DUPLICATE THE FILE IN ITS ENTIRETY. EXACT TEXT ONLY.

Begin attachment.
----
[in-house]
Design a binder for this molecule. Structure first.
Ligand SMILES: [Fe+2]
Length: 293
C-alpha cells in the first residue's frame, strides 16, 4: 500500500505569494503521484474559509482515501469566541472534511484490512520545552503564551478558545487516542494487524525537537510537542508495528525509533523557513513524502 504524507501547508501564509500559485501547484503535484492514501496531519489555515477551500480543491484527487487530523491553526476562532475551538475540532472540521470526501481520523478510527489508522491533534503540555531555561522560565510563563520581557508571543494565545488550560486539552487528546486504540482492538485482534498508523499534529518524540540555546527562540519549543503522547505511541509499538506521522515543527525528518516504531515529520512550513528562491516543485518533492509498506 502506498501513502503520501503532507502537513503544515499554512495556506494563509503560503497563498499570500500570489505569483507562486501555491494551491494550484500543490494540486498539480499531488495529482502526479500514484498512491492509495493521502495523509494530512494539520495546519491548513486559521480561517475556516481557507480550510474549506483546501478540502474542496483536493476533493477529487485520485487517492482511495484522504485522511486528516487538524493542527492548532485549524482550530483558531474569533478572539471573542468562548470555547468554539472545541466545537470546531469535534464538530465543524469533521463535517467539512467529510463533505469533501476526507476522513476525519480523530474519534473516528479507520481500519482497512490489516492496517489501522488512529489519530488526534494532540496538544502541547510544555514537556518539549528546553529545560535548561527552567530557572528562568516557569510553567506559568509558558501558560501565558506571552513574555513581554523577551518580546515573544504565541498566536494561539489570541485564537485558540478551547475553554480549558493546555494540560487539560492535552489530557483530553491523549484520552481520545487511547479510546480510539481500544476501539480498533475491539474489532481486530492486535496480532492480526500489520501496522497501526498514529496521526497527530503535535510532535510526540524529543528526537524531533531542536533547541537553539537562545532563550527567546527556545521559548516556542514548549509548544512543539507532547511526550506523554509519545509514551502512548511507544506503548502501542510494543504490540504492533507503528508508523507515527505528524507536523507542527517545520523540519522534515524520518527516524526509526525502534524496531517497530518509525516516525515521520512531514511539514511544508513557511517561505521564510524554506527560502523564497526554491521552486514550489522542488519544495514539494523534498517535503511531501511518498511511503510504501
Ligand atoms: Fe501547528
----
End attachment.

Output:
[in-house]
Design a binder for this molecule. Structure first.
Ligand SMILES: [Fe+2]
Length: 293
C-alpha cells in the first residue's frame, strides 16, 4: 500500500505569494503521484474559509482515501469566541472534511484490512520545552503564551478558545487516542494487524525537537510537542508495528525509533523557513513524502 504524507501547508501564509500559485501547484503535484492514501496531519489555515477551500480543491484527487487530523491553526476562532475551538475540532472540521470526501481520523478510527489508522491533534503540555531555561522560565510563563520581557508571543494565545488550560486539552487528546486504540482492538485482534498508523499534529518524540540555546527562540519549543503522547505511541509499538506521522515543527525528518516504531515529520512550513528562491516543485518533492509498506 502506498501513502503520501503532507502537513503544515499554512495556506494563509503560503497563498499570500500570489505569483507562486501555491494551491494550484500543490494540486498539480499531488495529482502526479500514484498512491492509495493521502495523509494530512494539520495546519491548513486559521480561517475556516481557507480550510474549506483546501478540502474542496483536493476533493477529487485520485487517492482511495484522504485522511486528516487538524493542527492548532485549524482550530483558531474569533478572539471573542468562548470555547468554539472545541466545537470546531469535534464538530465543524469533521463535517467539512467529510463533505469533501476526507476522513476525519480523530474519534473516528479507520481500519482497512490489516492496517489501522488512529489519530488526534494532540496538544502541547510544555514537556518539549528546553529545560535548561527552567530557572528562568516557569510553567506559568509558558501558560501565558506571552513574555513581554523577551518580546515573544504565541498566536494561539489570541485564537485558540478551547475553554480549558493546555494540560487539560492535552489530557483530553491523549484520552481520545487511547479510546480510539481500544476501539480498533475491539474489532481486530492486535496480532492480526500489520501496522497501526498514529496521526497527530503535535510532535510526540524529543528526537524531533531542536533547541537553539537562545532563550527567546527556545521559548516556542514548549509548544512543539507532547511526550506523554509519545509514551502512548511507544506503548502501542510494543504490540504492533507503528508508523507515527505528524507536523507542527517545520523540519522534515524520518527516524526509526525502534524496531517497530518509525516516525515521520512531514511539514511544508513557511517561505521564510524554506527560502523564497526554491521552486514550489522542488519544495514539494523534498517535503511531501511518498511511503510504501
Ligand atoms: Fe501547528